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OPEC keeps oil demand forecast steady, but sees 'upside potential' on pandemic recovery

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OPEC keeps oil demand forecast steady, but sees 'upside potential' on pandemic recovery

Highlights

Demand expected to reach pre-pandemic levels by summer

Non-OPEC supply estimate downgraded by 60,000 b/d

OPEC under increasing pressure from US, India on oil prices

As fears over the omicron variant fade, OPEC on Feb. 10 largely maintained its 2022 global oil demand forecast, projecting 4.15 million b/d of year-on-year growth, but said the world's continued emergence from the pandemic could prompt it to boost that projection.

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With many oil producers inside and outside of OPEC struggling to raise their oil output, a further rise in demand would put increasing upward pressure on crude prices, which are already causing economic strain in many key consuming countries and driving record inflation.

In its latest monthly market report, OPEC said oil demand would average 100.80 million b/d in 2022, returning to pre-pandemic levels in the second half of the year, after averaging 96.65 million b/d in 2021.

The market will continue to be challenged by COVID-19, the report said, with lockdown measures, supply chain disruptions, inflation in key markets and labor shortages hampering economic growth.

However, "upside potential to the [demand] forecast prevails," OPEC said, with global trade already reaching all-time highs.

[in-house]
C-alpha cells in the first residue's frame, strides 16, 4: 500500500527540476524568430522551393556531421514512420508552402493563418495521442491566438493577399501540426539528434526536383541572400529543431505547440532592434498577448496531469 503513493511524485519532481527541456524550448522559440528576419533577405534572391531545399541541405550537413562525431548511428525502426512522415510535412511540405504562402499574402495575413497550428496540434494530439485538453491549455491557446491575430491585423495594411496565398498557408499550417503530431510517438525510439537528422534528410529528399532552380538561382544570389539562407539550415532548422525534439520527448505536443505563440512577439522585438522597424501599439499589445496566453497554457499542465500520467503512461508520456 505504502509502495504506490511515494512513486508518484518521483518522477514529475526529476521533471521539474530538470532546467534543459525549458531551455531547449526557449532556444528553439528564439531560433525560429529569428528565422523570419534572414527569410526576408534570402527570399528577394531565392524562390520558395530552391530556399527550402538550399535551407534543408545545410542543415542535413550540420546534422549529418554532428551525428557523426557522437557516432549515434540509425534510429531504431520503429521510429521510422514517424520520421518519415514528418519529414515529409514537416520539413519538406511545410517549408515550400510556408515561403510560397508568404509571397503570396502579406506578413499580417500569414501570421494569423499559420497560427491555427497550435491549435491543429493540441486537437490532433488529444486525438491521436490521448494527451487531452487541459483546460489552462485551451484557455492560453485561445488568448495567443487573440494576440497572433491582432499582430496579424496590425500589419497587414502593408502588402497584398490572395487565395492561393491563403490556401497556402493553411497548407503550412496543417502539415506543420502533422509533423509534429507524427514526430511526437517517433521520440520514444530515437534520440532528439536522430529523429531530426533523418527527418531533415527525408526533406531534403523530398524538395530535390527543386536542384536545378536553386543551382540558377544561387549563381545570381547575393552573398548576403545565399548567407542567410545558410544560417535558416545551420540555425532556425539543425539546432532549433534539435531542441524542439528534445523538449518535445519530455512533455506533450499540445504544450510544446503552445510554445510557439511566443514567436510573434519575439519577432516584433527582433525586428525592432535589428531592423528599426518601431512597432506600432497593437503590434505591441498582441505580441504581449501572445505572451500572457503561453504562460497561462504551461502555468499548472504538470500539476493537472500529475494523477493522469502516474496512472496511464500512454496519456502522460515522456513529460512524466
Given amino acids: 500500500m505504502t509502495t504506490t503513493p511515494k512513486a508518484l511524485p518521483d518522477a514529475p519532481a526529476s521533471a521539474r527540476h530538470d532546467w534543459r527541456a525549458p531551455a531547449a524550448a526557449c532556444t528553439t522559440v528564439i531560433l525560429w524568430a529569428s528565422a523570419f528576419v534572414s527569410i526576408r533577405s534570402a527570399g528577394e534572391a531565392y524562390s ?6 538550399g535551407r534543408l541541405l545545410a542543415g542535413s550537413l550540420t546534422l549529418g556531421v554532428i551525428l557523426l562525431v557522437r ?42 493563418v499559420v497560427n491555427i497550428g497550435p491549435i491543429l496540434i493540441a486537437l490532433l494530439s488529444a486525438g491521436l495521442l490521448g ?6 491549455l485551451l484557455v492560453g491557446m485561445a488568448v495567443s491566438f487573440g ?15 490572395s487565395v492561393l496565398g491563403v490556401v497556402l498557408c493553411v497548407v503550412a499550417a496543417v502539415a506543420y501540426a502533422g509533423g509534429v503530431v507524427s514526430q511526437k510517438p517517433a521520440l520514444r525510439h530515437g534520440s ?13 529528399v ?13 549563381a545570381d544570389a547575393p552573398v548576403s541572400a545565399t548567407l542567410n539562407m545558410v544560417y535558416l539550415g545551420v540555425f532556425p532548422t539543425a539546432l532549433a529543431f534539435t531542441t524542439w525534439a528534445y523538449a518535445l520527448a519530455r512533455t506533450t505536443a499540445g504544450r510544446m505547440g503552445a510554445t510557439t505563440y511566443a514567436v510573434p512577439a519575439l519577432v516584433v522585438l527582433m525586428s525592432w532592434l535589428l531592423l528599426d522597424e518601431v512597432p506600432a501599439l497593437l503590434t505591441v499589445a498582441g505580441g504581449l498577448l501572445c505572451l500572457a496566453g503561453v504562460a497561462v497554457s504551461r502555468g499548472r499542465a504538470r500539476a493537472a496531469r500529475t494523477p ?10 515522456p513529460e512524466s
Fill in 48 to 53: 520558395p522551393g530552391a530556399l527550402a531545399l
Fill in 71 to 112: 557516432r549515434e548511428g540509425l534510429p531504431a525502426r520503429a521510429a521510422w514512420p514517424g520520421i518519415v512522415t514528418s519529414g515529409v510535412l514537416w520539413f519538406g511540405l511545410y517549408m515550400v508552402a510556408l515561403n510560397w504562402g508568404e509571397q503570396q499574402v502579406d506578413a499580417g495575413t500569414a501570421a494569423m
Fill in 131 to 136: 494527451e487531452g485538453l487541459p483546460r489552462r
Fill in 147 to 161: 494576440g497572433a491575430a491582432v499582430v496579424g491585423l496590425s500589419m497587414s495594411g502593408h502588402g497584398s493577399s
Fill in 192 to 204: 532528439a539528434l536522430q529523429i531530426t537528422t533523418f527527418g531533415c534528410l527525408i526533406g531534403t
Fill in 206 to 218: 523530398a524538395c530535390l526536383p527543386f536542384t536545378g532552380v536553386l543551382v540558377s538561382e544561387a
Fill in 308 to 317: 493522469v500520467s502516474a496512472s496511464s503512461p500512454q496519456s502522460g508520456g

"Mobility is expected to gain further momentum, particularly with regard to the travel and tourism sector," it added.

Meanwhile, growth in oil supply from outside of OPEC was projected lower by 60,000 b/d for 2021 at 610,000 b/d, with Brazil, China, Canada, Ecuador and the UK seeing unexpected lower output. For 2022, non-OPEC supply growth was forecast at 3.02 million b/d for 2022, unchanged from last month's report.

As a result, OPEC raised its estimate of demand for its own crude to 28.92 million b/d for 2022.

With the bloc pumping 27.98 million b/d in January, a mere 60,000 b/d increase from December, according to secondary sources used by OPEC to track output, the group appears increasingly challenged to meet that demand.

Many analysts have noted shrinking OPEC spare production capacity, which is mostly concentrated in Saudi Arabia and the UAE, while several other countries appear to be already pumping as much as they can or at severe risk of disruptions.

Oil price discussions

OPEC, along with 10 Russia-led allies, has been gradually easing back the extreme production quotas it instituted at the start of the pandemic, aiming to return to pre-pandemic output by late 2022, though the majority of members are producing well under their allocations.

The OPEC+ alliance is next scheduled to meet March 2 to decide on April output levels, and is likely to see ratcheting pressure from key crude customers if prices do not moderate.

US President Joe Biden held a call with Saudi King Salman late Feb. 9 to discuss the oil market, among other topics, with the state-run Saudi Press Agency saying the king remained steadfast in his support for the OPEC+ alliance. Meanwhile Indian officials said they have been in dialogue with OPEC representatives to renew their concerns over elevated oil prices.

"Given the experience of the past two volatile years, vigilant monitoring of pandemic developments, along with a highly flexible approach, will remain key to successfully maintaining oil market stability," OPEC said in its report.